Seventeen-year-old Wé McDonald’s blind audition on NBC’s The Voice is the talk of the town.
The Harlem native chose Grammy-winning artist Alicia Keys as her coach on the hit show, and the two have a lot in common: both faced tough obstacles when they were in middle school. “I was bullied for the longest time and I was ashamed of who I was,” McDonald said on the show. “I was an awkward kid,” she continued. “I had freckles, pimples, a lot of eye problems, a lot of pig tails, chubby — I wasn’t the cutest thing.”
And she was also picked on, ironically for her voice.
“That was not the voice I was expecting after that voice,” said coach Miley Cyrus after McDonald’s debut performance.
“A lot of people think it’s fake,” McDonald told NY1. “I mean can you imagine me talking like this every day and it’s fake — I would annoy myself.”
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But it’s her singing voice that’s turning heads and winning hearts.
McDonald cut her teeth at the Harlem School of the Arts where coaches and peers taught her to toughen up and face the music.
“That all kind of changed come about eighth grade because at the time my only friend was Jesus, so I really tried to look for an outlet and that outlet was music,” she said.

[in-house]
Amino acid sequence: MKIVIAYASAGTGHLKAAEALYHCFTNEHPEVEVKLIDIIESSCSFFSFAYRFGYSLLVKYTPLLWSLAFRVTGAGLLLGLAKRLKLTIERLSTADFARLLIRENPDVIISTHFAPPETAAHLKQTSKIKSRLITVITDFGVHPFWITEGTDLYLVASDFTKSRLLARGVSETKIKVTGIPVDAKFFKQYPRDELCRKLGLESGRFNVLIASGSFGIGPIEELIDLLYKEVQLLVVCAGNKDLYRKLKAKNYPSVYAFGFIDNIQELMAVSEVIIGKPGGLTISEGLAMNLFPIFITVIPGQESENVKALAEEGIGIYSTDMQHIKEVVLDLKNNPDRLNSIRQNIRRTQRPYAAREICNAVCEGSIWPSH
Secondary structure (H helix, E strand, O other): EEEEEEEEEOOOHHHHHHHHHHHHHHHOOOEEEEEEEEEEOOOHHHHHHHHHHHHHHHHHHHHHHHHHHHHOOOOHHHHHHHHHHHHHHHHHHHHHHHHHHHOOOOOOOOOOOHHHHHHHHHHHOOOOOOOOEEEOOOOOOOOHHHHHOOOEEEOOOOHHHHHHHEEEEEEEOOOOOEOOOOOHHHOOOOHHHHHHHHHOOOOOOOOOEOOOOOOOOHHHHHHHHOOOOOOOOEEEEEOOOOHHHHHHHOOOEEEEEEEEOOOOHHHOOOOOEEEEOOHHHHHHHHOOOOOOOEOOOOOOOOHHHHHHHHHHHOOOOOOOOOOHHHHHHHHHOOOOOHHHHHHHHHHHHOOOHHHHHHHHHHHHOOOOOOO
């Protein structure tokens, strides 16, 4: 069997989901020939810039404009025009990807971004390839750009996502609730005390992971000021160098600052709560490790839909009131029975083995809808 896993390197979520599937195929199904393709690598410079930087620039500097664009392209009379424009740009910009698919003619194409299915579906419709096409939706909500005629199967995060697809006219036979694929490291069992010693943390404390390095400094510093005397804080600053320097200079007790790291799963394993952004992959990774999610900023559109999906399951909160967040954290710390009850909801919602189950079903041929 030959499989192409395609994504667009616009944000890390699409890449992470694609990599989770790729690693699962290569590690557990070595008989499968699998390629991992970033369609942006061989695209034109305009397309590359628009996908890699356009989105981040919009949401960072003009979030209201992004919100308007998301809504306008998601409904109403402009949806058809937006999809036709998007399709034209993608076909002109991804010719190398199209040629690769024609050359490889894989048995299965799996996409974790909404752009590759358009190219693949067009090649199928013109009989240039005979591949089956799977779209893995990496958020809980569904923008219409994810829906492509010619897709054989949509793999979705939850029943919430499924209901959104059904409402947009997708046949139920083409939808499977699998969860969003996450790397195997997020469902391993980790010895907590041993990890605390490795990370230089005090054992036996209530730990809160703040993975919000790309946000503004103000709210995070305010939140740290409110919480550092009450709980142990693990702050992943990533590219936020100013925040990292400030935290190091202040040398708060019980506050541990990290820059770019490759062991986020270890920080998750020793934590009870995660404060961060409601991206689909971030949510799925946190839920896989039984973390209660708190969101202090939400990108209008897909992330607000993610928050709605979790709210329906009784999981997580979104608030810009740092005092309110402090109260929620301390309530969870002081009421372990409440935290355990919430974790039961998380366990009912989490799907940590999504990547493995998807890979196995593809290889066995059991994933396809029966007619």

And her biggest influence is her father, a longtime educator in New York City public schools.
“Even when she was going through the tough times — she would come home and tell us but one thing she didn’t want to do, she didn’t want me to pull her out of the situation,” her father said. “She wanted to hold on and fight and challenge all of her obstacles and by doing she developed and a certain level of strength, tenacity, values and she looked at people differently.”
She got thick skin just in time for her debut on Amateur Night at The Apollo.
“The Apollo was something I was horrified about,” she said. “It was like what if I get booed off the stage, I don’t look like I’m 17, they might think I’m an adult what If I’m not good enough?”
She appeared on the Apollo four times — and won four times.
In between filming segments for The Voice, she’s a student at William Patterson College in New Jersey and the only freshman who majors in jazz.
McDonald credits the late singer Etta James as one of her biggest influences along with Ella Fitzgerald, Nina Simone, Janice Joplin and Billie Holiday.
“They’re angels that watch over me, and give me some feedback,” she said.
So far the feedback is overwhelmingly positive and with Alicia Keys as her mentor, McDonald says the sky is the limit.
“When people ask me ‘What do you wanna do?’ I always say I wanna be one of the world’s greatest entertainers and don’t stop. I have to make sure I keep going.”